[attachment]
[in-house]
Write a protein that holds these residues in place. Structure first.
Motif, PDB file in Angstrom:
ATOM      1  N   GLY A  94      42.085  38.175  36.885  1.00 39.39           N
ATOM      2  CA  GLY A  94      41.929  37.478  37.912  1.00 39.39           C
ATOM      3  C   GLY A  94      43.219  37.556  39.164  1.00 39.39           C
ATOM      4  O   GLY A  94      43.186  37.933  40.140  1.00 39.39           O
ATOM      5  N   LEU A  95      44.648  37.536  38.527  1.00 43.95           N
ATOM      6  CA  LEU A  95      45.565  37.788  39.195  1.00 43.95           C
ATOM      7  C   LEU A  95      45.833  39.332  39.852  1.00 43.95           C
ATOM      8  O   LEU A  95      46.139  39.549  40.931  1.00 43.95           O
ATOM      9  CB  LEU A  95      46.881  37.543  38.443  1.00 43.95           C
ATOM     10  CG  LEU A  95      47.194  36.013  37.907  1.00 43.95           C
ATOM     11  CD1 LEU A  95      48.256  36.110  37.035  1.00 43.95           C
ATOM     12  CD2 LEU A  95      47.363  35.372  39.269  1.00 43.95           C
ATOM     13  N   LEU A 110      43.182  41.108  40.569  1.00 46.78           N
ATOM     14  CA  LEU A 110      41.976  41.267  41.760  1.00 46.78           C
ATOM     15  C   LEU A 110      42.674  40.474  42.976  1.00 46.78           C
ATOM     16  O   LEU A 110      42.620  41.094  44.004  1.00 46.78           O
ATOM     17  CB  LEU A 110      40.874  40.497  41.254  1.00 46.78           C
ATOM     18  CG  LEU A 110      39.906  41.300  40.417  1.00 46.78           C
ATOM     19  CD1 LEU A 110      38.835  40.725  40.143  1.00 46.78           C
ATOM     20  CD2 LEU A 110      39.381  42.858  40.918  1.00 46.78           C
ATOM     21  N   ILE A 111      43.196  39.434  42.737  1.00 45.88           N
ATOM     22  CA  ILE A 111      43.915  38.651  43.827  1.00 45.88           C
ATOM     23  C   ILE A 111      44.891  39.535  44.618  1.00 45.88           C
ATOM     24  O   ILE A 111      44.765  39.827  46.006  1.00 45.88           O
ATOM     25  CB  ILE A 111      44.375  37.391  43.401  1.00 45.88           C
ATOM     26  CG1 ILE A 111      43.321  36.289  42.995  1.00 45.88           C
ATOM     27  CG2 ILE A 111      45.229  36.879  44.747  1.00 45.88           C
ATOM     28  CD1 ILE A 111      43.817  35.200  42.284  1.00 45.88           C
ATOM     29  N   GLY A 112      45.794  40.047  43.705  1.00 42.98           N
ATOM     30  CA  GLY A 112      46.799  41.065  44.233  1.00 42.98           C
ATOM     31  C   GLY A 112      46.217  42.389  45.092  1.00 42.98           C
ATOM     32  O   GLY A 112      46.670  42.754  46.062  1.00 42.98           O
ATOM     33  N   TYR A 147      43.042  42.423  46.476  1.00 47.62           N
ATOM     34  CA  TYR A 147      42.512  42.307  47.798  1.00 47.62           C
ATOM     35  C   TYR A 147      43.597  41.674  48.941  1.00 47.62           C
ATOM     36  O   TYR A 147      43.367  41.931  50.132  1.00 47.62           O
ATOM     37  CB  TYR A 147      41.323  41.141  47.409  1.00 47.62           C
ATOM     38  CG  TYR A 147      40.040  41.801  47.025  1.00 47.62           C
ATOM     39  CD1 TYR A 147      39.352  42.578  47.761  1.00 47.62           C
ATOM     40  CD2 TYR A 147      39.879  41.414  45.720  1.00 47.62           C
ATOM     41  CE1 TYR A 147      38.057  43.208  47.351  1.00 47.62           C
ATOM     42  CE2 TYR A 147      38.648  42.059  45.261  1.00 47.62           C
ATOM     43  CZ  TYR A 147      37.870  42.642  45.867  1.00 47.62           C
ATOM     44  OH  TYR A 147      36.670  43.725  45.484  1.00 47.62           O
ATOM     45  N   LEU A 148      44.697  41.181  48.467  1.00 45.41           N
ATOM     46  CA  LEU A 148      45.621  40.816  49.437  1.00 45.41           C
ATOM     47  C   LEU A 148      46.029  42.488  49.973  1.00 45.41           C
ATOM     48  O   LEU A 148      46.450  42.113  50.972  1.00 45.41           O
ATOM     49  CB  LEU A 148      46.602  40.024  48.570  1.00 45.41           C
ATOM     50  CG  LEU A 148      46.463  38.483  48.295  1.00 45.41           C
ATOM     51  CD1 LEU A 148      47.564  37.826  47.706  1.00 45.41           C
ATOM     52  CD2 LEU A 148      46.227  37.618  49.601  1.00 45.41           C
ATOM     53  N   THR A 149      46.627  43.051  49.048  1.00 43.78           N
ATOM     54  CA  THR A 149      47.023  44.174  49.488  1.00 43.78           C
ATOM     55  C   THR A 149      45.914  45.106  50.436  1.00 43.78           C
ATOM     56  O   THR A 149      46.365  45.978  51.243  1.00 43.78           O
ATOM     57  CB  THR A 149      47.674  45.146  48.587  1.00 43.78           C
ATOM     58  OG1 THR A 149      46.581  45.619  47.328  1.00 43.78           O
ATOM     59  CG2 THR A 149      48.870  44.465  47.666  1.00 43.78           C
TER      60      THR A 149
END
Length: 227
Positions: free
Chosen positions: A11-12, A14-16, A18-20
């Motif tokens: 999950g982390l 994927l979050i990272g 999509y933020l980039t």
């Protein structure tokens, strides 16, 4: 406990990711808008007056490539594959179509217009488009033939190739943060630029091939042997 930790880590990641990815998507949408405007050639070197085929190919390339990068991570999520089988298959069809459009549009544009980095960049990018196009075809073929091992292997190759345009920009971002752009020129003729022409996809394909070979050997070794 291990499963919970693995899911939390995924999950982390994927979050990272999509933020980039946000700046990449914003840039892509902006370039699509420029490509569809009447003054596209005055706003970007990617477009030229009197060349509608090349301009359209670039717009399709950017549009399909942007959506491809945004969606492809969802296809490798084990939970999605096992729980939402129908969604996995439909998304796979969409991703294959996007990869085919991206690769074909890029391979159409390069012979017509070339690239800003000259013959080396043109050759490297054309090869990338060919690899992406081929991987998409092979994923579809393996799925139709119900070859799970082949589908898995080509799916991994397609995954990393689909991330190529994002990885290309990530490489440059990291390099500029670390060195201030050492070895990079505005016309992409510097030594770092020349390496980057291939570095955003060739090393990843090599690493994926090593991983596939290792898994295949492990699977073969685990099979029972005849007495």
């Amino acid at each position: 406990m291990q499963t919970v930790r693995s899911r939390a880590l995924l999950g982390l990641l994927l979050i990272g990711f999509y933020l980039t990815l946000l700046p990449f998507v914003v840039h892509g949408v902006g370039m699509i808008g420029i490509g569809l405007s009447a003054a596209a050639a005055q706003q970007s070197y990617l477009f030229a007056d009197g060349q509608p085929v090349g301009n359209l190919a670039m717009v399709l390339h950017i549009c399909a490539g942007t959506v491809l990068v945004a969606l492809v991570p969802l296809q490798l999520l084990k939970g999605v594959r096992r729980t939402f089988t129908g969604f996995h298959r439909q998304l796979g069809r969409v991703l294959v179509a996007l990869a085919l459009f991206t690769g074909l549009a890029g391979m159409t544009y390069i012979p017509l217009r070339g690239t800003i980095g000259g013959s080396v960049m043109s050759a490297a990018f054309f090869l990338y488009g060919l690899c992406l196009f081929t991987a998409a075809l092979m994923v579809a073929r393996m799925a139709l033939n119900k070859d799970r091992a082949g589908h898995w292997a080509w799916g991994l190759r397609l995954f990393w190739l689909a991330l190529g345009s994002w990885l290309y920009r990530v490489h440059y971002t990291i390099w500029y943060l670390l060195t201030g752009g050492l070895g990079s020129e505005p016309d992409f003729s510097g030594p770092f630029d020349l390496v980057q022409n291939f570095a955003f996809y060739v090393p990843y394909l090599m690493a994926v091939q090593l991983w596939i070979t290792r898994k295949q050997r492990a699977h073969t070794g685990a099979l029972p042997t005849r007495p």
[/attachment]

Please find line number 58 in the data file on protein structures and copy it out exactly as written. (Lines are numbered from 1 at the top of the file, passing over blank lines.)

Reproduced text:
ATOM     55  C   THR A 149      45.914  45.106  50.436  1.00 43.78           C